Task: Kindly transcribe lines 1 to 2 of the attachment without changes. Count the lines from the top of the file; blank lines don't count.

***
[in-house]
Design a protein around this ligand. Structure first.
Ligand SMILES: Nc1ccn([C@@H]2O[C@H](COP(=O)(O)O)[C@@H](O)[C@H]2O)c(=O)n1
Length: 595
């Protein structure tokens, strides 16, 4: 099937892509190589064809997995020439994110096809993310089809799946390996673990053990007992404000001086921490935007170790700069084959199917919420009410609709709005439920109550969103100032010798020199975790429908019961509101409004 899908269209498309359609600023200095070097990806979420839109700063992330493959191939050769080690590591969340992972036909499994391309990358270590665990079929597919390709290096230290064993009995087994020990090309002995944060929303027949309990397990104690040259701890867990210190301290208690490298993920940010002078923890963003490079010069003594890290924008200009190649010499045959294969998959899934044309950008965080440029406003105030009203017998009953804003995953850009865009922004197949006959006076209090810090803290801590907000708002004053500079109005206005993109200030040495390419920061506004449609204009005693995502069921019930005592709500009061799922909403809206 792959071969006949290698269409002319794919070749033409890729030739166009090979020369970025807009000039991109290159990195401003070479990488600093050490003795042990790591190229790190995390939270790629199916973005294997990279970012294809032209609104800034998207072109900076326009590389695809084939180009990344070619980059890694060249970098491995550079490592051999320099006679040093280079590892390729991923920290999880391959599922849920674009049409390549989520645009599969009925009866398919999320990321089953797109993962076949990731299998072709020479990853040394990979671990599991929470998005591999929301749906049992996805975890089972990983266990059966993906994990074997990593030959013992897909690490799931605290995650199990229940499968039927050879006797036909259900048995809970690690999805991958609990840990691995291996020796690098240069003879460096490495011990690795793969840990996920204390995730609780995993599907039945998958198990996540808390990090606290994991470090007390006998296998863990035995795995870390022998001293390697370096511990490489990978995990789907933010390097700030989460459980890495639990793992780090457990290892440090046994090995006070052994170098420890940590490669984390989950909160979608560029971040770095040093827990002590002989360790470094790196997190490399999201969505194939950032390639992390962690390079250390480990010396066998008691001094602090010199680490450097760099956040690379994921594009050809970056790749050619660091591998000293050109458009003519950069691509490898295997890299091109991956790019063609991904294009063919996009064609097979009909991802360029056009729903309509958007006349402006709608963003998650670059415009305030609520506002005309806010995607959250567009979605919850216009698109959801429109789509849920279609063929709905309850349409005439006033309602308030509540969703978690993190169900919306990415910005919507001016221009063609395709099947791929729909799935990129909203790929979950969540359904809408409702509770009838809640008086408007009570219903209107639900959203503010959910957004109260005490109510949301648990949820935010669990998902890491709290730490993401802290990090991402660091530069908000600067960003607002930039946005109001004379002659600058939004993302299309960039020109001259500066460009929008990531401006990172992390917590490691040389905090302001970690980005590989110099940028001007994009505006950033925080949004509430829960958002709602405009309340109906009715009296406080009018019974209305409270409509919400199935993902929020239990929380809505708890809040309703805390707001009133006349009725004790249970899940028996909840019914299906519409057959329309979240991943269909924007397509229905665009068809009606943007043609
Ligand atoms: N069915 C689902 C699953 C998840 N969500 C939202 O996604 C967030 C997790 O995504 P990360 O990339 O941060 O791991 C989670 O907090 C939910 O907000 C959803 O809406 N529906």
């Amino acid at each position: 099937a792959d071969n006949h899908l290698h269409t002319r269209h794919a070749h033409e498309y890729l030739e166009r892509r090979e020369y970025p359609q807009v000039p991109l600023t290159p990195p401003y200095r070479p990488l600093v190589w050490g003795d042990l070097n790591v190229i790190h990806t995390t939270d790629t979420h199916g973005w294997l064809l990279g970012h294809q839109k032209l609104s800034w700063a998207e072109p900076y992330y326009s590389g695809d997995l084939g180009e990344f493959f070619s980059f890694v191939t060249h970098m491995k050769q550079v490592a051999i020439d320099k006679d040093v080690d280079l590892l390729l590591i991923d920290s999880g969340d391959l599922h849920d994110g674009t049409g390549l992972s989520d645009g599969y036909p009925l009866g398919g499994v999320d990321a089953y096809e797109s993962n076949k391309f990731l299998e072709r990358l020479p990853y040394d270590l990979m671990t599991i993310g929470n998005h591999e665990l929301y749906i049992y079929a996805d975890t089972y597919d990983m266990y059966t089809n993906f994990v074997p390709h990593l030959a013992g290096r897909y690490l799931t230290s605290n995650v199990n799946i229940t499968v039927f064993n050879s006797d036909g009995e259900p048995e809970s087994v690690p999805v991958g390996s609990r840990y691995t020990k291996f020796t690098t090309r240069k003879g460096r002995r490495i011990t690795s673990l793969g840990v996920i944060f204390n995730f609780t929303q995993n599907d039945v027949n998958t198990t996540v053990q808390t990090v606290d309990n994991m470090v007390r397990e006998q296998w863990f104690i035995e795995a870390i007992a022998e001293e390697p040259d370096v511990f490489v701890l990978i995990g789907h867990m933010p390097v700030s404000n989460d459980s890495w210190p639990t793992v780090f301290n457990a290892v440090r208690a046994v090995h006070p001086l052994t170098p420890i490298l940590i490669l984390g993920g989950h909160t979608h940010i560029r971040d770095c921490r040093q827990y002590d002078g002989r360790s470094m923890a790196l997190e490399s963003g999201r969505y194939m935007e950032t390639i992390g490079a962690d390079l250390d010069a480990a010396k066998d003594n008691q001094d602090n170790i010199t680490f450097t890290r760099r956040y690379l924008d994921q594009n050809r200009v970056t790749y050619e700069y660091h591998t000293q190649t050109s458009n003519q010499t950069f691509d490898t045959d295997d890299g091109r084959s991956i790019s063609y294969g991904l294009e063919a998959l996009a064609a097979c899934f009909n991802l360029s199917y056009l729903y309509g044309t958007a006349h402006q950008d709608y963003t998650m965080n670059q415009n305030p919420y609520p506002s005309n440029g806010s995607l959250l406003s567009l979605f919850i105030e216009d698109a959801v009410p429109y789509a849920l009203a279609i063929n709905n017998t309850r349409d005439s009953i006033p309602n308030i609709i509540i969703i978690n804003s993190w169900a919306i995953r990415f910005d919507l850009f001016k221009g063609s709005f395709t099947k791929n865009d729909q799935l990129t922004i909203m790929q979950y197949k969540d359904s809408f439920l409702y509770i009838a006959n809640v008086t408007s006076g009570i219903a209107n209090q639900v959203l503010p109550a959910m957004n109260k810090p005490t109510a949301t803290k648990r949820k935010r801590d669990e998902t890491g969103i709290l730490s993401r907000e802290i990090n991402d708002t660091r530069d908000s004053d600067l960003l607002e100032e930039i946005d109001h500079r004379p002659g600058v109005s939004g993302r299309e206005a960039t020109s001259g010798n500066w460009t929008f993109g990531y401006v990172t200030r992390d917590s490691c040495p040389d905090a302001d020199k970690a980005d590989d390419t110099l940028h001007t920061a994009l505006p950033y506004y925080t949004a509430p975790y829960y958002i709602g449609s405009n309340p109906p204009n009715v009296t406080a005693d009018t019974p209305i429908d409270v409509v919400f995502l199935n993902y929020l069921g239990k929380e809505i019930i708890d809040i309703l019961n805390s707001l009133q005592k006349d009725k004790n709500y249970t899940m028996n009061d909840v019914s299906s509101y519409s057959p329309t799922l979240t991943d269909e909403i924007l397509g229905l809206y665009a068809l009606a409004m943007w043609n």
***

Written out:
[in-house]
Design a protein around this ligand. Structure first.